It’s a new world.
For those still catching their breath in the 24-hour news cycle and viral media reality we’re in, Joseph Kony is a member of the Lord’s Resistance Army in Uganda. He’s also a wanted war criminal, accused of having a hand in more than 30,000 children being abducted and forced into fighting for the LRA in the past few decades. He’s a fugitive, and the folks at Invisible Children decided to do something about it.
Earlier this month, the organization released a 30-minute video that not only laid bare the crimes of which Kony and the LRA have been accused; it also employed what is called “an experiment” in the video. The idea was to turn all the ammunition of social media on rooting out this man. The results were amazing.
But not in the way everyone might have hoped, and certainly not how the creators expected.
The video went viral. Celebrities jumped on board, helping spread the word. Hashtags on Twitter like “StopKony” and “Kony2012″ trended upward at dizzying rates. After millions of hits, the Invisible Children site crashed under the weight of such unforeseen attention. Jason Russell, the narrator of the video and spokesperson for Invisible Children, became an instant celebrity, invited onto every talk show and news segment his schedule could handle.
I can only imagine what the effects of such literal overnight stardom have on a person. But if Jason Russell is any example, it’s not good.
After a breakneck media tour, Russell snapped. He was discovered nearly naked, wandering the streets, babbling incoherently. It was also reported he was pulling his underwear off and masturbating in public. Though the official press release from Invisible Children is that Russell’s theatrics were a result of exhaustion, dehydration and malnutrition, speculation is that he was under the influence of controlled substances.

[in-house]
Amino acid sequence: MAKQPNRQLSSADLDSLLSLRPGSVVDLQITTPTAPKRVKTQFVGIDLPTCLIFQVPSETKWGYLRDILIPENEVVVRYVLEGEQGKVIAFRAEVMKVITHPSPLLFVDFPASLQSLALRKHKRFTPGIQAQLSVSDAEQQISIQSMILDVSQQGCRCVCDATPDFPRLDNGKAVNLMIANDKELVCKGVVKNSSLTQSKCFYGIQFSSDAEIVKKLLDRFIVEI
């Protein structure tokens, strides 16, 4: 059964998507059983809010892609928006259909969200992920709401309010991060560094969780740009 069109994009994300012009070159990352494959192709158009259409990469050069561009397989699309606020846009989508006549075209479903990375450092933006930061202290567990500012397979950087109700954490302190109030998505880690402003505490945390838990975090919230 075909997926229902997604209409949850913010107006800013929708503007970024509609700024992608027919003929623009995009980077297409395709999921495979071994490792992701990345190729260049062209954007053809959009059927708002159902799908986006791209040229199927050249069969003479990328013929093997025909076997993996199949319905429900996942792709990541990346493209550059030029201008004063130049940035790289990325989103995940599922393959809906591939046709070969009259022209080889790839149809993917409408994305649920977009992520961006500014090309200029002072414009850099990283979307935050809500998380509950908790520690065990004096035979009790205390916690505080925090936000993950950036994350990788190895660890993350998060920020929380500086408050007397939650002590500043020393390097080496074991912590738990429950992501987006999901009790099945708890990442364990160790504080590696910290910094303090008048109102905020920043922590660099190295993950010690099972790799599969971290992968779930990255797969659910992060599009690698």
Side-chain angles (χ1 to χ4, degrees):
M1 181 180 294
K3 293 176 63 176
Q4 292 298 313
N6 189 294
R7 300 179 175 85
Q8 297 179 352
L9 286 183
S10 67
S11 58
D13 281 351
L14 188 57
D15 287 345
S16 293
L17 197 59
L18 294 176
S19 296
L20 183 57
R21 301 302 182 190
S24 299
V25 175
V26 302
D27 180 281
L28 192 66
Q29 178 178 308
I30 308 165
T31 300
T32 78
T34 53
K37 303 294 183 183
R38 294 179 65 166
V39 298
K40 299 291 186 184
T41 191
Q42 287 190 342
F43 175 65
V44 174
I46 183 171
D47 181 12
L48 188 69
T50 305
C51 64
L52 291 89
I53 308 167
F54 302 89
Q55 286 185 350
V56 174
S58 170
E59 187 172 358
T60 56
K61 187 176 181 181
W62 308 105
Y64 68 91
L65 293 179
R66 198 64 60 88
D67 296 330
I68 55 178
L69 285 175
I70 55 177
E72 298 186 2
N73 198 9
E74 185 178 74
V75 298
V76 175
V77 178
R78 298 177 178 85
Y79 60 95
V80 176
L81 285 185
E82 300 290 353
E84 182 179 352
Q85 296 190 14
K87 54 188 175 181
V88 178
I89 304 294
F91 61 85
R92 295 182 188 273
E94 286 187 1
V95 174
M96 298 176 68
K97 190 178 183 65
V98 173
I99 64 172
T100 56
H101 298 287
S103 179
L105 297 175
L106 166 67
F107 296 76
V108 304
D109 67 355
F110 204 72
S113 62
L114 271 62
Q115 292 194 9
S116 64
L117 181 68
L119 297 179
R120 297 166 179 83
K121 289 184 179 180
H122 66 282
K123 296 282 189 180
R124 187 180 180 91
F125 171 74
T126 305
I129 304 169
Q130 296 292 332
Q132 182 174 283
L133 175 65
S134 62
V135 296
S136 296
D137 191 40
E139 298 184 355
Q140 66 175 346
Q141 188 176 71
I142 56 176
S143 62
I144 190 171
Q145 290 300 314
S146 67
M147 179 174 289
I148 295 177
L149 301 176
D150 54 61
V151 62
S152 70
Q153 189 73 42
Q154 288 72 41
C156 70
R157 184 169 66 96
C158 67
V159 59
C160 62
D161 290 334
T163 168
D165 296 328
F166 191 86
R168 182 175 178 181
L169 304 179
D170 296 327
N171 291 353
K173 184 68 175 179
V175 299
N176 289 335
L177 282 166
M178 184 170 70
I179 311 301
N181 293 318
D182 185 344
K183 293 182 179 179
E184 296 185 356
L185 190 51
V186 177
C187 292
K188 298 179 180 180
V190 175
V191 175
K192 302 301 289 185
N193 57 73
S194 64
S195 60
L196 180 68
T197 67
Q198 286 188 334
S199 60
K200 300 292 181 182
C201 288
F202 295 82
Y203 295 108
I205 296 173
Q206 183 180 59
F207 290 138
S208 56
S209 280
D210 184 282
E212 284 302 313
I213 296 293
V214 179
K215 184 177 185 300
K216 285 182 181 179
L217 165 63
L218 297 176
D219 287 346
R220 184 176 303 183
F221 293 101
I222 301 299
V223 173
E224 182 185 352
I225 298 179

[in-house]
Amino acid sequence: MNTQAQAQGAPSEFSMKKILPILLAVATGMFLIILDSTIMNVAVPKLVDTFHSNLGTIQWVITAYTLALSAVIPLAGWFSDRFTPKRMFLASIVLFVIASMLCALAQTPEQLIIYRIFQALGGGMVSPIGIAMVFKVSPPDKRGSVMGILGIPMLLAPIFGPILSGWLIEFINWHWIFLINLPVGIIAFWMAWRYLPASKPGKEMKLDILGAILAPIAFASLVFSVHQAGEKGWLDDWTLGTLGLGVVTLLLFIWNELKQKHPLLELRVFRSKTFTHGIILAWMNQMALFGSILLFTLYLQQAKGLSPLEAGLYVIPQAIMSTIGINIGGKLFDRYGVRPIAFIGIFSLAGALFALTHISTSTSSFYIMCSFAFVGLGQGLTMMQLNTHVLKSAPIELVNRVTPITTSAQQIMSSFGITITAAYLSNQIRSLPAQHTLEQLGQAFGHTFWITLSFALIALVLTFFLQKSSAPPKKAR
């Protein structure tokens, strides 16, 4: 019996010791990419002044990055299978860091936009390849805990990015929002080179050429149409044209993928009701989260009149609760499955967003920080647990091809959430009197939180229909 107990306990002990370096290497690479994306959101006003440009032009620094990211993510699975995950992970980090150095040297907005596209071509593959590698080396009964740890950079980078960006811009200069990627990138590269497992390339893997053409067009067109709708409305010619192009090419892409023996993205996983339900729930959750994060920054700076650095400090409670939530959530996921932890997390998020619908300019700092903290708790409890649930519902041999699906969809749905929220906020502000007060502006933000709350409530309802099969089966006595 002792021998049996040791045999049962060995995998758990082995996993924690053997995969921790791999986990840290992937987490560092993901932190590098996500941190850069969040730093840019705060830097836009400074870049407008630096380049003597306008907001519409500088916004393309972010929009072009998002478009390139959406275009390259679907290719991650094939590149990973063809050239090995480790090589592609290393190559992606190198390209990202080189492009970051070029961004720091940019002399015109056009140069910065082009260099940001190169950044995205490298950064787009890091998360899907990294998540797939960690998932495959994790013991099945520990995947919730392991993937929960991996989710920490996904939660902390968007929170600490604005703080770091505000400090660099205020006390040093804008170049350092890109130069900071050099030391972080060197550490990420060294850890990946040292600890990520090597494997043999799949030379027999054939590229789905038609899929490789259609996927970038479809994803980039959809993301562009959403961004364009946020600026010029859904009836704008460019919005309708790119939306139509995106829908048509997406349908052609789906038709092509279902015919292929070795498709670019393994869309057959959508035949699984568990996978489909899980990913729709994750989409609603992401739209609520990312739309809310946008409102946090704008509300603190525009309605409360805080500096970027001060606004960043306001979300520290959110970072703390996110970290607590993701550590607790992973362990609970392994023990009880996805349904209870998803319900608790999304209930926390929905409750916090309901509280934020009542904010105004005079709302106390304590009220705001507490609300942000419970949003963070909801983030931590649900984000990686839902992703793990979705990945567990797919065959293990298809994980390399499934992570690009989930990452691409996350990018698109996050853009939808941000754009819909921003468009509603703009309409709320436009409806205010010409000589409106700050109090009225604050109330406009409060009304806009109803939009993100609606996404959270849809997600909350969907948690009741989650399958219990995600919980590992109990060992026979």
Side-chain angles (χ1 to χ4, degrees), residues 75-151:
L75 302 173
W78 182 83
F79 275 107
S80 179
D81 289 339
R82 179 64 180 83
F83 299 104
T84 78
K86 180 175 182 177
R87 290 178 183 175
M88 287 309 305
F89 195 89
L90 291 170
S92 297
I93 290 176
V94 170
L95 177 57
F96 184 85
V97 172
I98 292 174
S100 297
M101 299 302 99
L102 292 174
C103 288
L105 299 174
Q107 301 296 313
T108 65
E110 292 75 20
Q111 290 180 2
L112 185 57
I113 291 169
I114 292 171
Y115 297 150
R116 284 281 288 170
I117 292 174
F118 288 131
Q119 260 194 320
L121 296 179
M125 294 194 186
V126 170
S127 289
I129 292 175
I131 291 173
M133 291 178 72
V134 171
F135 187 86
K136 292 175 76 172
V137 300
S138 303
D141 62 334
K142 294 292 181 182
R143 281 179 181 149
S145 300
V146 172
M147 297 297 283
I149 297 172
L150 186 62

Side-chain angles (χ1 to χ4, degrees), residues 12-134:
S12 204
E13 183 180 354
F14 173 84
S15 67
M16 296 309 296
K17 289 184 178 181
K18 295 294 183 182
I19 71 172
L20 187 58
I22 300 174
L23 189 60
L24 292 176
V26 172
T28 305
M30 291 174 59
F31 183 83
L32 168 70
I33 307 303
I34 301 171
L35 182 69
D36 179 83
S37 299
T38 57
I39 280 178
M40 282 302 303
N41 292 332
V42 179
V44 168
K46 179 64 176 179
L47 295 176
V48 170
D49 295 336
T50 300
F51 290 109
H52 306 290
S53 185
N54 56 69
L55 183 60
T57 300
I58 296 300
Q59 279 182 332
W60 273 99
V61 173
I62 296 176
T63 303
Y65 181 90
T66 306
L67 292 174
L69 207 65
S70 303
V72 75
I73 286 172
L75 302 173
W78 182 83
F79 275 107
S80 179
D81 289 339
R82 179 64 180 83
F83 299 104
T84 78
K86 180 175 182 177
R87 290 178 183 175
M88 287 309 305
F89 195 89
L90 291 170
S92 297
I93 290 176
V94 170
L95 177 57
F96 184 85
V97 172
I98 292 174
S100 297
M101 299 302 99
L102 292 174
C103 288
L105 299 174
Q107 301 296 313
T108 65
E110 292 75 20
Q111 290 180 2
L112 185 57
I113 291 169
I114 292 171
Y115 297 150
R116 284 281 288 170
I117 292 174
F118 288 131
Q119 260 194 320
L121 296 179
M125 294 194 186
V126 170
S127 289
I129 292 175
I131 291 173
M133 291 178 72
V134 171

What’s remarkable and exciting is that a small group like Invisible Children with a limited budget and a compelling story can rock the media world on its heels. They can command the public’s attention and focus millions of people on a common goal of calling an injustice out into the light.
The problem is that, to date, Kony is still at large, and the story has devolved into tabloid fodder over Jason Russell. He is humiliated, the organization risks the loss of all credibility. Children are still at risk of abduction, abuse and murder in Uganda, but we’re more fascinated with a guy making a fool of himself when he withers under the intense glare of an unexpected spotlight.
How much did we, or do we, care about child soldiers in Uganda? How motivated are we to see Joseph Kony brought to justice? Enough to repost a video or tweet a trending hashtag perhaps. But we’re so easily distracted. There’s so much else scrambling for our attention. so many wrongs in the world that it can be overwhelming. And though we like a quick, sanitary, low-demand way to feel like we’re doing something good, we’d actually much rather be reading about a drugged-up white guy running around town in his underwear.
Yes, Jason Russell Screwed up, and his timing could hardly be worse. But the breakdown itself, though it tells us something about the culture of instant celebrity we live in, tells us more about ourselves if we pay attention.
We want to feel good about ourselves, but more than that, we’re hopeless voyeurs. Given the choice between digging deeper into the problem of child soldiers in Uganda and a clicking on a headline about a schmuck in his underwear, we’ll take the latter.
Some might say the ugly side of this story is what happened to Jason Russell. I say its the fact that we made what happened to him a story at all. Call me a hypocrite or say I’m adding to the problem by talking about it further, but you won’t find links here to stories about Jason Russell. This isn’t about Jason; it never was.
It all reminds me of a now-famous sermon given by Tony Campolo in which he said, “I have three things I’d like to say today. First, while you were sleeping last night, 30,000 kids died of starvation or diseases related to malnutrition. Second, most of you don’t give a shit. What’s worse is that you’re more upset with the fact that I said ‘shit’ than the fact that 30,000 kids died last night.”
Tony’s right. We don’t really give a shit. And it’s too bad, because 30,000 child soldiers in Uganda wish we did.
Learn more about Kony’s Lord’s Resistance Army HERE.
Christian Piatt is an author, editor, speaker, musician and spoken word artist. He co-founded Milagro Christian Church in Pueblo, Colorado with his wife, Rev. Amy Piatt, in 2004. He is the creator and editor of BANNED QUESTIONS ABOUT THE BIBLE and BANNED QUESTIONS ABOUT JESUS. Christian has a memoir on faith, family and parenting being published in early 2012 called PREGMANCY: A Dad, a Little Dude and a Due Date.Visit www.christianpiatt.com, or find him on Twitter or Facebook.